1. Name and describe the three subatomic particles in an atom.
2. Determine the number of protons, neutrons, and electrons in an atom or ion.
3. Define isotope and atomic mass.
proton neutron atomic mass unit atomic number ion mass number isotope atomic mass
Atoms are made of even smaller subatomic particles called protons, neutrons, and electrons.
The atomic numbers indicated on the periodic table indicate the number of protons in the nucleus.
Whenever an atom gains or looses electrons it becomes an ion. You can find the net charge of the atom by subtracting the number of electrons from the atomic number.
Most elements in the first two rows of the periodic table have at least two known isotopes.
Example: hydrogen-1 hydrogen-2 hydrogen-3
(mass #) 37Cl1- (charge)
(atomic #) 17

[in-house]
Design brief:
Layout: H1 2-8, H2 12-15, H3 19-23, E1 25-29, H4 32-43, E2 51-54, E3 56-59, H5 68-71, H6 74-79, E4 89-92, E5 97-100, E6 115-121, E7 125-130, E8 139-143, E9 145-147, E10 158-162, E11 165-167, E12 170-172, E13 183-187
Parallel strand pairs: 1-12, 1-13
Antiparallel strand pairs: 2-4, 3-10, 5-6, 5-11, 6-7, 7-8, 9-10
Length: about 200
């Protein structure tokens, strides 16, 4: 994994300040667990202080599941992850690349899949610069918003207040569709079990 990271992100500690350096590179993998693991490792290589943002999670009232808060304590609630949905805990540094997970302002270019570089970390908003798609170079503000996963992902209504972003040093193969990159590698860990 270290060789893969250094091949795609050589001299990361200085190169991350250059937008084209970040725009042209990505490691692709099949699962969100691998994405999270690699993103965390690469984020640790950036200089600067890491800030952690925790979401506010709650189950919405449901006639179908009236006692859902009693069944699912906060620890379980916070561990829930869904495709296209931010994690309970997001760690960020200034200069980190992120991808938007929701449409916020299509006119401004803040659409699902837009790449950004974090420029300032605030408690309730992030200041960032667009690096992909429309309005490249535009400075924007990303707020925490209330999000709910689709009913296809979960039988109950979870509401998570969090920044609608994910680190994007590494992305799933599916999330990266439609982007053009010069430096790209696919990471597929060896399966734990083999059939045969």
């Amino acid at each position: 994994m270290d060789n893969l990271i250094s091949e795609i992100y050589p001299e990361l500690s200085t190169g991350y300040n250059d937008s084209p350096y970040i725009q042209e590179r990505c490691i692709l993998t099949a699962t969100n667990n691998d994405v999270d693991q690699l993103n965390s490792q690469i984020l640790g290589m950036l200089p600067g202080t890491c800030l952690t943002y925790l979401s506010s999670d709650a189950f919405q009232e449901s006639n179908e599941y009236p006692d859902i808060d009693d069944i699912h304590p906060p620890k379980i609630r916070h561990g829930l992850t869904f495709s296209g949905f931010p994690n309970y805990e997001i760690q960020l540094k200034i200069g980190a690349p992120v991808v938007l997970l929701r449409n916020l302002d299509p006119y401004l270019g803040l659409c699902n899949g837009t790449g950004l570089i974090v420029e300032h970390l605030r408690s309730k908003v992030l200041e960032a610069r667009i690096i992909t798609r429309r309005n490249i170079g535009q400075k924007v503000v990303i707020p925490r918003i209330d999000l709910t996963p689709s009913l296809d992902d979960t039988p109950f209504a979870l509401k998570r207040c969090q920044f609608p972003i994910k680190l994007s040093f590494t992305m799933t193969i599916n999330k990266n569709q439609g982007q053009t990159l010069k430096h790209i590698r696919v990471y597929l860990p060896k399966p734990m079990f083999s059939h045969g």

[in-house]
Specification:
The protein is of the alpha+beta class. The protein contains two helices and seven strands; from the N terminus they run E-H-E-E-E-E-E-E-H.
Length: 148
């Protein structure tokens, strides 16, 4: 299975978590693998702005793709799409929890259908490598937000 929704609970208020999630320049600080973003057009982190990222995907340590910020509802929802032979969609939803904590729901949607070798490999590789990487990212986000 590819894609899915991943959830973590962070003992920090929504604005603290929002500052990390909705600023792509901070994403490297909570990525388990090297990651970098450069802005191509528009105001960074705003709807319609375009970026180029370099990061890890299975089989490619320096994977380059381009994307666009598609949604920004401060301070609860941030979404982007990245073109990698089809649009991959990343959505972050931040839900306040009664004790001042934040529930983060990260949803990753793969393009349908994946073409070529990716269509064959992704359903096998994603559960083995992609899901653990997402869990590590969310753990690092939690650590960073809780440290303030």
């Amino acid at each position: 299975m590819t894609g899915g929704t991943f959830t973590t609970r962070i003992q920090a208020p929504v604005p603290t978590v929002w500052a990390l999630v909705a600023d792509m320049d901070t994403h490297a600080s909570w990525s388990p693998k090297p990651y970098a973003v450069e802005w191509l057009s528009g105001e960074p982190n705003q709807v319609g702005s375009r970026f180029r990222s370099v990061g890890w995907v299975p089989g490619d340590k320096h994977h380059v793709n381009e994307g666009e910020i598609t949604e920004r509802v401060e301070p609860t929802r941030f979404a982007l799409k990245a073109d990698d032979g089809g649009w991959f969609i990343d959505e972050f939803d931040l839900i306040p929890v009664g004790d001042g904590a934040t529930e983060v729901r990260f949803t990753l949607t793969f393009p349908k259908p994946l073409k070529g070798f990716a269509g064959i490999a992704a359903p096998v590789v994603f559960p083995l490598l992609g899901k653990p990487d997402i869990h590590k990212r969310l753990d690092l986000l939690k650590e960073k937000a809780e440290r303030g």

The atomic mass of an atom is expressed in atomic mass units (amu). This unit is derived from the carbon atom and is measured to be 1/12 of the mass of the carbon-12 atom. Mass of an atom is found by adding the protons and neutrons of an atom. Since most atoms exist in isotopes with known ratios and neutrons do not have the exact weight as protons, the mass number expressed on the periodic table will usually not agree exactly with the amu number.
Determining the amu in atoms of multiple isotopes:
Look at the three common isotopes of silicon. Multiply the masses of the isotopes by their fractional abundances (percent found in nature) and add the products together.
Last modified: September 19, 2003